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First Amendment under fire 

Kathy Reidmann's last column surprised me: I never thought to see the day when a liberal demanded censorship of ideas ("I stand by my opinion," Sept. 21). Reidmann continues in error wanting to prohibit obnoxious people with hateful messages from publicly assembling and promulgating their venom in public forums. I recall one of the most recent examples of such pond scum: The Westboro Baptist Church.

Westboro Baptist is a small group of about 40 or so members, wrapping themselves in the mantle of Christianity to spew anti-homosexual messages while attending military funerals of soldiers killed in Iraq or Afghanistan. They proclaimed (in vulgar terms) the death of American soldiers was God's judgement on America. Their language was deliberately provocative as was their demeanor toward grief-stricken families laying a loved one to rest.

Westboro was neither Christian (there is special condemnation in the Bible for those who espouse bigotry or hatred in the name of God) nor peaceful; they were deliberately provocative, hoping to incite violence against their members. Several members of Westboro are attorneys and they were quick to file lawsuits against anyone impeding their hateful rants or assaulting them. Westboro was resolutely defended by civil libertarians as having an absolute right to hurl insults to disrupt military funerals even if it was likely to provoke a violent response. Those soldiers died defending your rights, however much Westboro abused them.

Back in the 1980s, radical artists had a field day at nationally renowned art museums by depicting Christian religious images in the most disrespectful manner possible, such as placing a crucifix in urine, feces on "sacred images," and provocative displays of patriotic images, such as the American Flag used as a floor mat in front of a toilet. There will always be speech that is objectionable to someone, even the muted speech of "mainstream conservatives" who forego profanity, personal insults, and otherwise blasphemous references. Lately, it seems that to the modern progressive-liberal, disagreement of any kind with their point of view is proof that you must be a racist Nazi or just plain stupid. Regardless, your point of view is dismissed out-of-hand, and progressives demand the public forum be closed to your opinions. As evidence one need only look to the University of California at Berkeley and the recent speech of mainstream conservative (and Jewish) Ben Shapiro two weeks ago.

The hard left, bolstered by black-clad and masked Antifa, used every effort to prevent Shapiro from speaking with the full collusion of the university administration. Shapiro's audience was able to hear him but not all who bought tickets; the university arbitrarily shut down half the venue and denied half his ticketed audience admittance to the auditorium.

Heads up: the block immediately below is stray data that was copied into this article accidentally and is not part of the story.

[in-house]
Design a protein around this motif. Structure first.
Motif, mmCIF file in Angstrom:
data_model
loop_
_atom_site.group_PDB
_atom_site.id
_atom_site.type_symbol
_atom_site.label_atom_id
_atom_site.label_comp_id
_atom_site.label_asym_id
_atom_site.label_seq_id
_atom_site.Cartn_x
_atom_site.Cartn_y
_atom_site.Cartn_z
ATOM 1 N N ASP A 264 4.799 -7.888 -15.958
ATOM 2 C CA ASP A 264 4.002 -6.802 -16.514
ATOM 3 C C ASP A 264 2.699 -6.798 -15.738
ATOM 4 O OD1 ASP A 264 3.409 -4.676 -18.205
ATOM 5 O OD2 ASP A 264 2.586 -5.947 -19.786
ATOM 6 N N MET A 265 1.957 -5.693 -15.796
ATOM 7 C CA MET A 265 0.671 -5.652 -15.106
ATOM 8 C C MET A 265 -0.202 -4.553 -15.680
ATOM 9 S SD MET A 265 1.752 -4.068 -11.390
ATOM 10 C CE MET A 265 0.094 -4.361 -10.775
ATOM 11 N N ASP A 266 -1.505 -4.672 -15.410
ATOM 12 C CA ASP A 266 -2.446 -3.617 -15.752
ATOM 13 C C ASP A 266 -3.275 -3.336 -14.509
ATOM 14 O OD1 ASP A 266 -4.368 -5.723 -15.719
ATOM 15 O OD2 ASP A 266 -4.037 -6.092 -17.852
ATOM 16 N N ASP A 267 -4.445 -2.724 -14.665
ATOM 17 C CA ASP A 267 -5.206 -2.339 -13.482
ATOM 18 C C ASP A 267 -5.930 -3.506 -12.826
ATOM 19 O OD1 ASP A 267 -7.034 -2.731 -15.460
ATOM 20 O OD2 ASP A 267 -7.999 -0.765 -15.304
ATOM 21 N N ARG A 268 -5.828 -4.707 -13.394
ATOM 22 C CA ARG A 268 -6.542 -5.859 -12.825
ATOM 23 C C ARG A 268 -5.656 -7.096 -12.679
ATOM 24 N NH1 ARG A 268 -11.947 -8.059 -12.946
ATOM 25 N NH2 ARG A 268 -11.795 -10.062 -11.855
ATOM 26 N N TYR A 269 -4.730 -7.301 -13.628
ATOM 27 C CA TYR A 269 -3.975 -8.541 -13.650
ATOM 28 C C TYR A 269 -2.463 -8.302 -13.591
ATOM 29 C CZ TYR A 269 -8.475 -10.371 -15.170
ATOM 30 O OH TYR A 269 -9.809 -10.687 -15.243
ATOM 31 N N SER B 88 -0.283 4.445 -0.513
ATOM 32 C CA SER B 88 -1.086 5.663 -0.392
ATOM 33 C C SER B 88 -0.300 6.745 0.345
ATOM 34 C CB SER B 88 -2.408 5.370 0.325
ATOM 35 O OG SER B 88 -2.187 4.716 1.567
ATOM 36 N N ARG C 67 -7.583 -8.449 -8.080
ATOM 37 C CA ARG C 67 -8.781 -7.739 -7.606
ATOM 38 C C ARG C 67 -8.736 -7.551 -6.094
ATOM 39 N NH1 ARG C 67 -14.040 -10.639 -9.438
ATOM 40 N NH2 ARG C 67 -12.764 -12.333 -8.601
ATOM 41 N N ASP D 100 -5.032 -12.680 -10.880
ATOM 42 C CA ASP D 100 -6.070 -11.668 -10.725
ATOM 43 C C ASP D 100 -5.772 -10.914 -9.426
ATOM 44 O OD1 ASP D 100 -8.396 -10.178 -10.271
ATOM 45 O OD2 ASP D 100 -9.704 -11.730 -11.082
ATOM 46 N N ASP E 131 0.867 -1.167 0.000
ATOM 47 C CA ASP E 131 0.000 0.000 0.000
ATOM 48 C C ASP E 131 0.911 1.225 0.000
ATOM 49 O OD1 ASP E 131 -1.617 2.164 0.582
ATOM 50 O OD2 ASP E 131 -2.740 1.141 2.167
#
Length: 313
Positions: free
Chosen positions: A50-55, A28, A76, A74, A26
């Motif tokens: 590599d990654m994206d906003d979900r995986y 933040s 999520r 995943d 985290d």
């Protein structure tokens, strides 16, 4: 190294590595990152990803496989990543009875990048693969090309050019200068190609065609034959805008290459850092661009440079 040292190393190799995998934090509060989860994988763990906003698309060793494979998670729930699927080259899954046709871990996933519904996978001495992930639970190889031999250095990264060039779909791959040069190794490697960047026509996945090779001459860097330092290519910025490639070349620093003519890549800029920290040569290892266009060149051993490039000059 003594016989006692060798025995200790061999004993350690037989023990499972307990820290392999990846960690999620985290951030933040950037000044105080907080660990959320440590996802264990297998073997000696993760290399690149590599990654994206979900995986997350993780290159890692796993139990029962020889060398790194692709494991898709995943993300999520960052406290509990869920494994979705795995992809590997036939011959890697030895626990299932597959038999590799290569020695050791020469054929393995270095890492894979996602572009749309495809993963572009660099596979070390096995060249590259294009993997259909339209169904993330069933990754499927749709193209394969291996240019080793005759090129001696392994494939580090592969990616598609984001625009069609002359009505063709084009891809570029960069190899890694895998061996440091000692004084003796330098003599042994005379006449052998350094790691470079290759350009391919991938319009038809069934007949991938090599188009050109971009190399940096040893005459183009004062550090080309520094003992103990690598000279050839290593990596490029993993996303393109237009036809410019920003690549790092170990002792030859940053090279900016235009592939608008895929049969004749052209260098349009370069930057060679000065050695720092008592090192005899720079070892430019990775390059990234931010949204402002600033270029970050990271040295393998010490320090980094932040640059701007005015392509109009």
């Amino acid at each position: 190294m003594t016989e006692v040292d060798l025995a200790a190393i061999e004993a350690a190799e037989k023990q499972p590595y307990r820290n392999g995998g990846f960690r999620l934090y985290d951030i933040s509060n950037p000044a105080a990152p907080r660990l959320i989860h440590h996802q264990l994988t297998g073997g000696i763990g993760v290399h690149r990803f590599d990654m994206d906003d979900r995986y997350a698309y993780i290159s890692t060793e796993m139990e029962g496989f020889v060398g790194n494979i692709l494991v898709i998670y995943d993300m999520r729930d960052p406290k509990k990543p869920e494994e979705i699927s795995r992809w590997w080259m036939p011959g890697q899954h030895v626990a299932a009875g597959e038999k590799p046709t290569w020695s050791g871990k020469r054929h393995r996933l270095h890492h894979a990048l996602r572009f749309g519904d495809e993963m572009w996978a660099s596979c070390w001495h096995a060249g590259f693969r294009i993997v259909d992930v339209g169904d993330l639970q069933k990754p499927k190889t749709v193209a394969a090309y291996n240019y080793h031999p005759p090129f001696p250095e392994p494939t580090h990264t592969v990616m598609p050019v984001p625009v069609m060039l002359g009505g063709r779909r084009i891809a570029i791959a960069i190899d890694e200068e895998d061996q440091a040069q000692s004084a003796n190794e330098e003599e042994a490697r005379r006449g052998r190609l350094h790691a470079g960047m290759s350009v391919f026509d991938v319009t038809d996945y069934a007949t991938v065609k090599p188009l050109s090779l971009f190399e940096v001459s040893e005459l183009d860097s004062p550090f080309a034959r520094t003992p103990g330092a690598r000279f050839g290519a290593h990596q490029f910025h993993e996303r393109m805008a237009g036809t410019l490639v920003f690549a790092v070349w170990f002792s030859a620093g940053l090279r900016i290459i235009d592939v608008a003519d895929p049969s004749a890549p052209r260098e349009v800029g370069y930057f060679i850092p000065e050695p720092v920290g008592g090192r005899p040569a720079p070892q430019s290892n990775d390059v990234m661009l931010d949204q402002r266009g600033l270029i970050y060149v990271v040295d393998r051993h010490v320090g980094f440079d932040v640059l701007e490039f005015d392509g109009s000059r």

Outside, Antifa shouted "No Trump, No Wall, No USA at All!" Antifa, composed mostly of anarchists, Marxists, and criminal thugs, according to journalists covering this vigilante group from within, also state that "liberals get a bullet, too." Even Democrat minority leader Nancy Pelosi has seen fit to condemn Antifa as criminals. By the way, there is a video out there of Antifa (whom Riedmann obliquely referred to in her Sept. 28 editorial as "just common, decent human beings") taunting a disabled veteran in a wheelchair, taking his water bottle, and dumping it on him. They also seized an American flag from a middle-aged woman, knocked her down, and attacked journalists covering the event made up of peaceful, ordinary citizens conducting a patriotic rally. It was their actions at this event that drew Congresswoman Pelosi's condemnation.

After Shapiro's speech, a Berkeley medical anthropologist wrote an editorial saying the First Amendment protection for free speech and assembly is outdated and harmful, and she demanded that the Constitution be amended to prohibit views that she disapproved of.

The assault against First Amendment protection for the free exercise of religion, speech, the press, and the right to peacefully assemble continues to accelerate. The "left" demands not just tolerance but celebration of their agenda and message. You will be made to publicly care and agree or you will lose your career, your freedom, even your life. Openly conservative celebrities routinely receive credible death threats from the left; ask recording artists Joy Villa or Kaya Jones what happened to them after openly supporting Trump. History is replete with examples of tyranny from the right and left, but both hold in common the silencing of opponents as their first order of business.

Meanwhile, censorship is accelerating within the entertainment industry and the internet. Google and Facebook go beyond deletion of illegal postings of child pornography or direct threats of violence; they now routinely delete postings from mainstream conservative thought and shut down revenue streams of mainstream conservative websites. So who elected Silicon Valley to be the gatekeepers of American political discourse? Freedom is fragile and rare throughout history. Once you lose it, do not assume that it will be easily regained. Δ

Al Fonzi is an Army lieutenant colonel of military intelligence who had a 35-year military career, serving in both the Vietnam and Iraq wars. Send comments through the editor atclanham@newtimesslo.com.

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